Majority of House Democrats now support impeachment inquiry. Does it matter?

I’m just a simple unfrozen caveman, but isn’t this kabuki? Posturing by Dems, or at least many Dems, with no real intention of following through?

The majority of the House Democratic caucus now supports an impeachment inquiry against President Trump, with Rep. Ted Deutch (D-FL) becoming the 118th Democrat in the chamber to support moving to such proceedings.

“[President Trump] seems to think that Mueller’s performance wasn’t enough to trigger an impeachment inquiry,” the congressman wrote in an op-ed in the South Florida Sun Sentinel. Sorry, Mr. President, the question is no longer whether the House should vote to proceed with a formal impeachment inquiry. The inquiry has already begun.”

Eliot Engel, chairman of the Foreign Affairs Committee, endorsed impeachment a few days ago, a notable addition to the ranks given his leadership within the caucus. Emanuel Cleaver, a senior caucus whip and an influential black Democrat, also now backs it. Are House Dems about to twist Pelosi’s arm and force her to go nuclear?

I’m guessing … uh, no. The recent post-Mueller “dam break” of Dems backing impeachment reeks of a calculation Pelosi has made. She may have put the word out to her caucus to this effect: “If you think it’ll help you next fall to back impeachment, or if you feel strongly as a matter of conscience that impeachment is called for, go ahead and support it. I’m going to continue to block it. If your constituents complain, feel free to blame me.” That’s all upside for her caucus: Lefty reps get to virtue-signal to progressive voters by calling for Trump’s ouster while centrists get to keep their heads down. Plus, with each passing day, we get closer to the primaries and to the general election. Pelosi may be calculating, probably correctly, that left-wing ardor for trying to remove Trump before his term is up will cool accordingly as we get closer to his term expiring naturally. And once a presidential nominee is crowned, even reps who are gung ho to impeach will think twice about throwing the nominee off-message with an X factor like impeachment.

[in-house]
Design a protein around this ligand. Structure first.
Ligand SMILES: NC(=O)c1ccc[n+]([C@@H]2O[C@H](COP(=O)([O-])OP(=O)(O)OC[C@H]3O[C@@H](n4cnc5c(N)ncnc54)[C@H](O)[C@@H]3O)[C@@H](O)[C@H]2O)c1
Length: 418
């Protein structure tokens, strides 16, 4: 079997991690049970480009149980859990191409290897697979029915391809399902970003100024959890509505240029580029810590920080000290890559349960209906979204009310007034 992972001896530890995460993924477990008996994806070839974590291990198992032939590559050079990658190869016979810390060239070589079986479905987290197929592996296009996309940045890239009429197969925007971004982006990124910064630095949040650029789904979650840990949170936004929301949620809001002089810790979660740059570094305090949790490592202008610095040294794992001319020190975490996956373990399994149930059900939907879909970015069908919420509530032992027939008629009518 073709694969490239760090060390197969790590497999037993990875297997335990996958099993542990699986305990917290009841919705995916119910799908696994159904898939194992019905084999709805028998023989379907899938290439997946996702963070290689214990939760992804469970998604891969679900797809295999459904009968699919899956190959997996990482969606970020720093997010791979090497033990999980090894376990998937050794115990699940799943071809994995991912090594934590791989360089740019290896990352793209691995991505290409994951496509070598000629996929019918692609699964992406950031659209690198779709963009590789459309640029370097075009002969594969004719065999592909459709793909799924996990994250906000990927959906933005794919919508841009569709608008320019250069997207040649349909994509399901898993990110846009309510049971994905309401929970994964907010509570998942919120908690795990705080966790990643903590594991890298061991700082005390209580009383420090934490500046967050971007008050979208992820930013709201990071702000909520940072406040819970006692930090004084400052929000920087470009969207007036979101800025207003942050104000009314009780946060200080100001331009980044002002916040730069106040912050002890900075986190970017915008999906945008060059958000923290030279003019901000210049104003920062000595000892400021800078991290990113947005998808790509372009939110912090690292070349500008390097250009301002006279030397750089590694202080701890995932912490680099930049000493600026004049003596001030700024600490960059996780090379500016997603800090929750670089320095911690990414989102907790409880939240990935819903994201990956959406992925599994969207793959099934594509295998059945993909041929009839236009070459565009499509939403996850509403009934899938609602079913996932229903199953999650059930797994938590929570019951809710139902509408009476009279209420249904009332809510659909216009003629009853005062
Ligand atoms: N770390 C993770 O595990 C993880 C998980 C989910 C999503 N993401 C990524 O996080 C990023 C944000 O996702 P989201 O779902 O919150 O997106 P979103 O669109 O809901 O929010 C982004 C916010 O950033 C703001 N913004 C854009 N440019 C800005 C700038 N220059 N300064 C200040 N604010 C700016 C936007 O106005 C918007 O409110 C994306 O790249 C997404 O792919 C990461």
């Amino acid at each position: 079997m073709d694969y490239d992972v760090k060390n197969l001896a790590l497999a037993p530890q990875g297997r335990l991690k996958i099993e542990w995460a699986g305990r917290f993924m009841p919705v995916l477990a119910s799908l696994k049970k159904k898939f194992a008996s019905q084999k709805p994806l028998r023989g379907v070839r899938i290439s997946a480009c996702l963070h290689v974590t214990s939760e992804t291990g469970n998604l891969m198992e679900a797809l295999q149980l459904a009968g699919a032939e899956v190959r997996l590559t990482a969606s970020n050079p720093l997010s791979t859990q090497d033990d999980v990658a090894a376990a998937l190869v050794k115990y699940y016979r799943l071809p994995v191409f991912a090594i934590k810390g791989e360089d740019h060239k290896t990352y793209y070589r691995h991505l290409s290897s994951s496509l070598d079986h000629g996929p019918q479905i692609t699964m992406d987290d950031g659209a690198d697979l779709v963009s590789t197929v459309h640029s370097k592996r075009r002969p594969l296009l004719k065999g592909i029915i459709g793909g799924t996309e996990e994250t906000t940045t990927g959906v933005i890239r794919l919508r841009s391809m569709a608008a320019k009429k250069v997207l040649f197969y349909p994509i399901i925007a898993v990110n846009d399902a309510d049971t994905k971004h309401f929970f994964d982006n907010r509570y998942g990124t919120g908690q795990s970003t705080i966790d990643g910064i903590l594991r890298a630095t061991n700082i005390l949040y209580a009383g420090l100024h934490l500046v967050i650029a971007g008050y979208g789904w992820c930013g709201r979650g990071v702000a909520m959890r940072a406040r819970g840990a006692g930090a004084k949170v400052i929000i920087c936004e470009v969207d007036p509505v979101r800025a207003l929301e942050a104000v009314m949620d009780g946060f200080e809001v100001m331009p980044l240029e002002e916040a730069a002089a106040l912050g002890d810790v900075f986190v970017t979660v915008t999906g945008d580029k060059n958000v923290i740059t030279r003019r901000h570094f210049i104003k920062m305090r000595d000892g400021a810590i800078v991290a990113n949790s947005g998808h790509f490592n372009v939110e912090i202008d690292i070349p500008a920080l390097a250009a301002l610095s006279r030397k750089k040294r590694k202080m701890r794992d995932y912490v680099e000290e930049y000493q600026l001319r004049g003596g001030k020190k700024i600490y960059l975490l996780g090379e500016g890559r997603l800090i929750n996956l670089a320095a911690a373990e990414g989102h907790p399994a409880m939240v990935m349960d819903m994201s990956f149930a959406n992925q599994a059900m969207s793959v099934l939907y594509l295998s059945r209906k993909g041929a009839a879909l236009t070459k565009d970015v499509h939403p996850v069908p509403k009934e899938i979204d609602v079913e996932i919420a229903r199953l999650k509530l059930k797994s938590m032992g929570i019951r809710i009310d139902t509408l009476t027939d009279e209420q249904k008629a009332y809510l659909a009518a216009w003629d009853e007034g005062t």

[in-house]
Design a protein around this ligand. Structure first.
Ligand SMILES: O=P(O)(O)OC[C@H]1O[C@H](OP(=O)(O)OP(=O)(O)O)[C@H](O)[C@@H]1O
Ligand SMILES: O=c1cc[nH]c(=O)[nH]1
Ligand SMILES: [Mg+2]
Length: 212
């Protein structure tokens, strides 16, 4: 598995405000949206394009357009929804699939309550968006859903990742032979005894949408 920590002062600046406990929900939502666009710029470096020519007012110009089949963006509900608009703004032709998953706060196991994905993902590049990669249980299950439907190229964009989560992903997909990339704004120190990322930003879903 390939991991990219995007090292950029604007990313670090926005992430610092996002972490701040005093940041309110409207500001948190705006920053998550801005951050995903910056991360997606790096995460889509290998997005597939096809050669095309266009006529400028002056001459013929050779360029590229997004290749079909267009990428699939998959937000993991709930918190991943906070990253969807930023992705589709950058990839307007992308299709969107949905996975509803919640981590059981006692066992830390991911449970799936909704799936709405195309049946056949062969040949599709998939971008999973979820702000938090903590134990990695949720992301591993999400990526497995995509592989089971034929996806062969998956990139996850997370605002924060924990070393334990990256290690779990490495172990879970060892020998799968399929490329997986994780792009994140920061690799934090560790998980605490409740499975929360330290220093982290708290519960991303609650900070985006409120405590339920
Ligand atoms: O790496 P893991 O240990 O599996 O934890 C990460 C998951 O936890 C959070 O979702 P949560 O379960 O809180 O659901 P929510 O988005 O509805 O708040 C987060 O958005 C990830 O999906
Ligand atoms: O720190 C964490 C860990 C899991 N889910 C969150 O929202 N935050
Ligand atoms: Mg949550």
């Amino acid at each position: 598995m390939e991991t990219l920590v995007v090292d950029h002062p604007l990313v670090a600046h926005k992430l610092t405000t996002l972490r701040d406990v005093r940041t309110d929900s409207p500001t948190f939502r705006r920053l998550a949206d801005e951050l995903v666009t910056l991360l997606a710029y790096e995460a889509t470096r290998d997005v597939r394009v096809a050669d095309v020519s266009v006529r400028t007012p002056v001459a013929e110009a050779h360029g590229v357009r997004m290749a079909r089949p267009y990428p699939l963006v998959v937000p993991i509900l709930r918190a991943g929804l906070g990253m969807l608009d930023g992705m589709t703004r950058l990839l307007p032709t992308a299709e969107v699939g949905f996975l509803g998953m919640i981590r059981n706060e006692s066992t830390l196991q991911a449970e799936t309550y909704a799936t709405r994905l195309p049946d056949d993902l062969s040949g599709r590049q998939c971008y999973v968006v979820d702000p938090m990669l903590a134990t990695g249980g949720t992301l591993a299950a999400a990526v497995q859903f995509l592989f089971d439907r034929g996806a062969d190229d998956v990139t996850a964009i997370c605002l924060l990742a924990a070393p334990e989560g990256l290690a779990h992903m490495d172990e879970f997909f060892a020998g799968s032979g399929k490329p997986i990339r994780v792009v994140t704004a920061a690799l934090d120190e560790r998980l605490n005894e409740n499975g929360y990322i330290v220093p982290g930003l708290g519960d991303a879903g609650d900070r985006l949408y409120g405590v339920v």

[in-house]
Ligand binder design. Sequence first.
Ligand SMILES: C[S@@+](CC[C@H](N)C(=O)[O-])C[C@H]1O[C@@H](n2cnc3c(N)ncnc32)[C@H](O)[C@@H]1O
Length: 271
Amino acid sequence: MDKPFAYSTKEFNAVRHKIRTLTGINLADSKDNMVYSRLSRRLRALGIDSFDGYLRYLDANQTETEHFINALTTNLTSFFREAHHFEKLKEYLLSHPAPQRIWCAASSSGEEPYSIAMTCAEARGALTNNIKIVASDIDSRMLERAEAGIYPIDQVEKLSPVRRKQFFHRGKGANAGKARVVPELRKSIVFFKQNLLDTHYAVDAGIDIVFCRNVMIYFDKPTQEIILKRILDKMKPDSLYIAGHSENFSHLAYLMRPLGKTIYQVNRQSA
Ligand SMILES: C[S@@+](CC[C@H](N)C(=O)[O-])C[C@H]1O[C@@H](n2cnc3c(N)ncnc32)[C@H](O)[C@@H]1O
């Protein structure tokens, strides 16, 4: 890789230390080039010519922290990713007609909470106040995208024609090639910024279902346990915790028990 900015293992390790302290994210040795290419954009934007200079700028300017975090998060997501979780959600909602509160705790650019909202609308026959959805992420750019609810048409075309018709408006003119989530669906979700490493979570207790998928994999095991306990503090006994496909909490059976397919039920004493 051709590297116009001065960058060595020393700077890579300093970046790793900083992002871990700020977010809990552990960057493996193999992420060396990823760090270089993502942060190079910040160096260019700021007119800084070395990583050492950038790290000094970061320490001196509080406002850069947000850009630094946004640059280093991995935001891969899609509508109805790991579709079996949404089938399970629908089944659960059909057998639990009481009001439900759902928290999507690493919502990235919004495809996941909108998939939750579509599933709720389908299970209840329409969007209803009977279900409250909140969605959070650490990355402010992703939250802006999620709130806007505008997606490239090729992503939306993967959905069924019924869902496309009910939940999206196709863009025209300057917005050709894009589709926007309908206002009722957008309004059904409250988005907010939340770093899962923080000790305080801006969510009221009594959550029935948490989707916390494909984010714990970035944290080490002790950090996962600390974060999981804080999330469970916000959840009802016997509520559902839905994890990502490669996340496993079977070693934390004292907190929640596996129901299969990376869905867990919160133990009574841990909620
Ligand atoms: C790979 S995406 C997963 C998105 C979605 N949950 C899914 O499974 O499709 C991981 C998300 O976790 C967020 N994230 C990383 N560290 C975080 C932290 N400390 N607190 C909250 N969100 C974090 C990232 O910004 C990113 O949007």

But the kabuki theory is premised on the idea that Pelosi maintains a chokehold on her caucus. Does she? If you’re a conservative who lived through the daily process of passing ObamaCare, you’ll remain forever convinced that Pelosi can move mountains legislatively. If she could convince 218 House Dems to jump off a cliff for that, she can surely convince 218 not to jump off a cliff for this.

But Politico isn’t so sure:

The lawmakers quietly working to organize support for Trump’s impeachment said there are two important figures to watch in the coming weeks. Assistant speaker Ben Ray Luján (D-N.M.), who is running for an open Senate seat against a primary opponent who has embraced impeachment proceedings, and Rep. John Lewis (D-Ga.), a civil rights icon who has questioned the legitimacy of Trump’s election but so far deferred to Pelosi on impeachment.

Though there’s no indication he’s changing his tune, Luján’s support for impeachment proceedings could help unlock the backing of a slew of freshman Democrats who Luján helped get elected in 2016, when he ran Democrats’ campaign arm, pro-impeachment lawmakers said. And Lewis’ support would carry significant sway with members of the Congressional Black Caucus who have remained on the fence so far. Lewis has repeatedly been asked for his opinion on impeachment proceedings but has repeatedly indicated that he’s deferring to Pelosi.

Pelosi has the most influence of any Democrat within her caucus but she’s not the only legislator with influence. If Lujan and Lewis ignore her and break for impeachment, maybe there’s a domino effect. There are other pressures that might contribute to a domino effect too, as Perry Bacon noted in a piece for FiveThirtyEight a few days ago. Every Democrat hailing from a district that went lopsidedly blue in 2018 — and there were a lot of those — will obviously come under pressure to join the growing pro-impeachment ranks, especially as Dems from not-so-blue districts join the pack. How would a rep from a D+30 district justify holding out if a rep from a D+1 district is ready to risk alienating Republicans by voting to impeach? We’re at 118 Dems in favor now but we could end up at 150 or more quickly, particularly if Lewis comes out in favor and other black reps follow his and Cleaver’s lead.

And yet, even if that happened, so what? Al Green’s impeachment resolution a few weeks ago drew just 95 yes votes. Granted, that was before Mueller’s testimony and before Trump’s war of words with Elijah Cummings, but even if you doubled that number you’d still be a few dozen votes short of 218. There must be 20 or so Democrats in the caucus who are so loyal to Pelosi, or whose reelection bids would be so fraught otherwise, that they’d roadblock impeachment even if the rest of the caucus were in favor. It’s kabuki.